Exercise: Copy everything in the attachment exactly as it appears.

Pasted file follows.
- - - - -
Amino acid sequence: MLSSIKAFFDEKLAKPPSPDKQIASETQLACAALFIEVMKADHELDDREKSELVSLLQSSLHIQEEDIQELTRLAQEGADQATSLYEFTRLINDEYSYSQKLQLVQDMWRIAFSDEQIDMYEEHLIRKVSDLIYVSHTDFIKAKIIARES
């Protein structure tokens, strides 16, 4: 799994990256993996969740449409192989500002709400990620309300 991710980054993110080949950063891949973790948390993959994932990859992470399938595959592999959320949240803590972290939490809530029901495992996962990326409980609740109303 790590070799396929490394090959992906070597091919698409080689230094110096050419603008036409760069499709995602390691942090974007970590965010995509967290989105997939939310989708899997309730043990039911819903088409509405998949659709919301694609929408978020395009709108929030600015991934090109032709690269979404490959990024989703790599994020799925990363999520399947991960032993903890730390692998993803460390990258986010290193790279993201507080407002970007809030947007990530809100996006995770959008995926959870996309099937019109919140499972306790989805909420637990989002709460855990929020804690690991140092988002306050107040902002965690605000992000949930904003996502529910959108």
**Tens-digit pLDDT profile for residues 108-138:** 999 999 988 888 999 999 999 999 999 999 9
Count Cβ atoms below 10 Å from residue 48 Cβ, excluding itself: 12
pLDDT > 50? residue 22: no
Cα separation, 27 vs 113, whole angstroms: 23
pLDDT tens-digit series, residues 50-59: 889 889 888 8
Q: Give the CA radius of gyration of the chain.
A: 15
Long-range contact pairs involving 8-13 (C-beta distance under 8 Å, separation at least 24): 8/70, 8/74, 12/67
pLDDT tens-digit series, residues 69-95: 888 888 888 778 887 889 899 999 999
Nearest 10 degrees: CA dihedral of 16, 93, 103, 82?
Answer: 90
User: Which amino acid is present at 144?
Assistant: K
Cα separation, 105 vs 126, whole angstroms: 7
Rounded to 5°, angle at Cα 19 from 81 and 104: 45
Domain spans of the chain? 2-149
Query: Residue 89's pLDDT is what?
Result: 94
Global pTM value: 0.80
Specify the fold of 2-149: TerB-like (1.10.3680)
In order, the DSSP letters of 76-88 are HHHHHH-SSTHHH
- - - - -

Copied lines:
Amino acid sequence: MLSSIKAFFDEKLAKPPSPDKQIASETQLACAALFIEVMKADHELDDREKSELVSLLQSSLHIQEEDIQELTRLAQEGADQATSLYEFTRLINDEYSYSQKLQLVQDMWRIAFSDEQIDMYEEHLIRKVSDLIYVSHTDFIKAKIIARES
């Protein structure tokens, strides 16, 4: 799994990256993996969740449409192989500002709400990620309300 991710980054993110080949950063891949973790948390993959994932990859992470399938595959592999959320949240803590972290939490809530029901495992996962990326409980609740109303 790590070799396929490394090959992906070597091919698409080689230094110096050419603008036409760069499709995602390691942090974007970590965010995509967290989105997939939310989708899997309730043990039911819903088409509405998949659709919301694609929408978020395009709108929030600015991934090109032709690269979404490959990024989703790599994020799925990363999520399947991960032993903890730390692998993803460390990258986010290193790279993201507080407002970007809030947007990530809100996006995770959008995926959870996309099937019109919140499972306790989805909420637990989002709460855990929020804690690991140092988002306050107040902002965690605000992000949930904003996502529910959108």
**Tens-digit pLDDT profile for residues 108-138:** 999 999 988 888 999 999 999 999 999 999 9
Count Cβ atoms below 10 Å from residue 48 Cβ, excluding itself: 12
pLDDT > 50? residue 22: no
Cα separation, 27 vs 113, whole angstroms: 23
pLDDT tens-digit series, residues 50-59: 889 889 888 8
Q: Give the CA radius of gyration of the chain.
A: 15
Long-range contact pairs involving 8-13 (C-beta distance under 8 Å, separation at least 24): 8/70, 8/74, 12/67
pLDDT tens-digit series, residues 69-95: 888 888 888 778 887 889 899 999 999
Nearest 10 degrees: CA dihedral of 16, 93, 103, 82?
Answer: 90
User: Which amino acid is present at 144?
Assistant: K
Cα separation, 105 vs 126, whole angstroms: 7
Rounded to 5°, angle at Cα 19 from 81 and 104: 45
Domain spans of the chain? 2-149
Query: Residue 89's pLDDT is what?
Result: 94
Global pTM value: 0.80
Specify the fold of 2-149: TerB-like (1.10.3680)
In order, the DSSP letters of 76-88 are HHHHHH-SSTHHH